Efficacy and cost of robotic hepatectomy: is the robot cost-prohibitive?
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Robotic technology is being utilized in multiple hepatobiliary procedures, including hepatic resections. The benefits of minimally invasive surgical approaches have been well documented; however, there is some concern that robotic liver surgery may be prohibitively costly and therefore should be limited on this basis. A single-institution, retrospective cohort study was performed of robotic and open liver resections performed for benign and malignant pathologies. Clinical and cost outcomes were analyzed using adjusted generalized linear regression models. Clinical and cost data for 71 robotic (RH) and 88 open (OH) hepatectomies were analyzed. Operative time was significantly longer in the RH group (303 vs. 253 min; p = 0.004). Length of stay was more than 2 days shorter in the RH group (4.2 vs. 6.5 days; p < 0.001). RH perioperative costs were higher ($6026 vs. $5479; p = 0.047); however, postoperative costs were significantly lower, resulting in lower total hospital direct costs compared with OH controls ($14,754 vs. $18,998; p = 0.001). Robotic assistance is safe and effective while performing major and minor liver resections. Despite increased perioperative costs, overall RH direct costs are not greater than OH, the current standard of care.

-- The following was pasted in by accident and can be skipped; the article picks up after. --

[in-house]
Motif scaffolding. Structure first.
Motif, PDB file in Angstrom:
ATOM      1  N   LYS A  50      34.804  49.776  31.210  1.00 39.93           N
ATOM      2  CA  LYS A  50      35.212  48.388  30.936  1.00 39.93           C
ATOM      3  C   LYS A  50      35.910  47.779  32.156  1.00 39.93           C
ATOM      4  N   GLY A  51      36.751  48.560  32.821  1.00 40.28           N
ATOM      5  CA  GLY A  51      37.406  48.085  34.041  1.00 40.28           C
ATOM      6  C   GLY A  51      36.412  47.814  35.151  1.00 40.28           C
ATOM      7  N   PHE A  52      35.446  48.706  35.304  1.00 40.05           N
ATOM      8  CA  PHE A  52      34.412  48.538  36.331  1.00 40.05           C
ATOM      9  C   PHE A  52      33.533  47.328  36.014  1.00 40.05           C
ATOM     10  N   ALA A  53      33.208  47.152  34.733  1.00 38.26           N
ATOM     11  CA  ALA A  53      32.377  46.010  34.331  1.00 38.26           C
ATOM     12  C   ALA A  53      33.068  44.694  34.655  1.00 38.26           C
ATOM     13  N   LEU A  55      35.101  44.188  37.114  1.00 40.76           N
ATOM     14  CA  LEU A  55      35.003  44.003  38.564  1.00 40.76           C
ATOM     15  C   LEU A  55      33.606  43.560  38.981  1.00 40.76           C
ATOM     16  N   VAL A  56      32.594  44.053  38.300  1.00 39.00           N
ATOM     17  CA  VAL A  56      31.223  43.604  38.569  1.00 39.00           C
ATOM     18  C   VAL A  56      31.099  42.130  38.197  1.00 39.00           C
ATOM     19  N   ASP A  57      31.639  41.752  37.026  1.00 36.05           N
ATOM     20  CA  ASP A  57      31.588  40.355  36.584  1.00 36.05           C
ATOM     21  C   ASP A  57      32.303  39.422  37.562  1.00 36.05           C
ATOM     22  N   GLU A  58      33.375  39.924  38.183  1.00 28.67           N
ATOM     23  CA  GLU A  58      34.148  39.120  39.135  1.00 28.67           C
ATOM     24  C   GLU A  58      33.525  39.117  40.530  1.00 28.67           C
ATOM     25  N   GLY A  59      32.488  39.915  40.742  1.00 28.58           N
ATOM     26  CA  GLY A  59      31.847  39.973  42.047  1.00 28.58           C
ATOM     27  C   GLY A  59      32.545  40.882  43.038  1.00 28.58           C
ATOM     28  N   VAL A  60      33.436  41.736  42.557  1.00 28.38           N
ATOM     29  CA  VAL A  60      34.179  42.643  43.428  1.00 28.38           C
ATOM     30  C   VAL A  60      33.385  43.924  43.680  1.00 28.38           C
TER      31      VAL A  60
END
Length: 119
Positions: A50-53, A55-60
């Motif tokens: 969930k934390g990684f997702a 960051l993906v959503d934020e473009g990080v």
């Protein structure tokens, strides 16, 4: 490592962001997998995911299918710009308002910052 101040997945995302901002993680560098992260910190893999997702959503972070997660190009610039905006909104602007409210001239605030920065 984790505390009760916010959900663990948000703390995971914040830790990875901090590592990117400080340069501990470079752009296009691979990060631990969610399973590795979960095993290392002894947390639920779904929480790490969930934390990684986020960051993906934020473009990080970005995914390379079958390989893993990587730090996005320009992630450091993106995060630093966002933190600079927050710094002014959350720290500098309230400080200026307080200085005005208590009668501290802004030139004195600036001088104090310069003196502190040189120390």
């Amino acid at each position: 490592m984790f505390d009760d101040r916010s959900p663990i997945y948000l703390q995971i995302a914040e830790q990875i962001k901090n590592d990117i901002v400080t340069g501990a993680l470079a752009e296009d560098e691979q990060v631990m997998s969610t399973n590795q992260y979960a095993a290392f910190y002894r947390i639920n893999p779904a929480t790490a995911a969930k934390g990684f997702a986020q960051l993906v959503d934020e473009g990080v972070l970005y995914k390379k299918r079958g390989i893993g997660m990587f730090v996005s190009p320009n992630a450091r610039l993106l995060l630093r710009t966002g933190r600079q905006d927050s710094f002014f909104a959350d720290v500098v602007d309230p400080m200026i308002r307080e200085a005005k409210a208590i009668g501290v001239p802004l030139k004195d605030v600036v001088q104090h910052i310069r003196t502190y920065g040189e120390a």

KeywordsRobotic surgery Hepatectomy Surgical costs
Compliance with ethical standards
Conflict of interest
All authors declare that they have no conflict of interest.
All procedures performed in studies involving human participants were in accordance with the ethical standards of the institutional and/or national research committee and with the 1964 Helsinki declaration and its later amendments or comparable ethical standards.
Informed consent was not obtained from individual participants included in the study as allowed by our institutional review board in the setting of retrospective reviews/de-identified clinical data.
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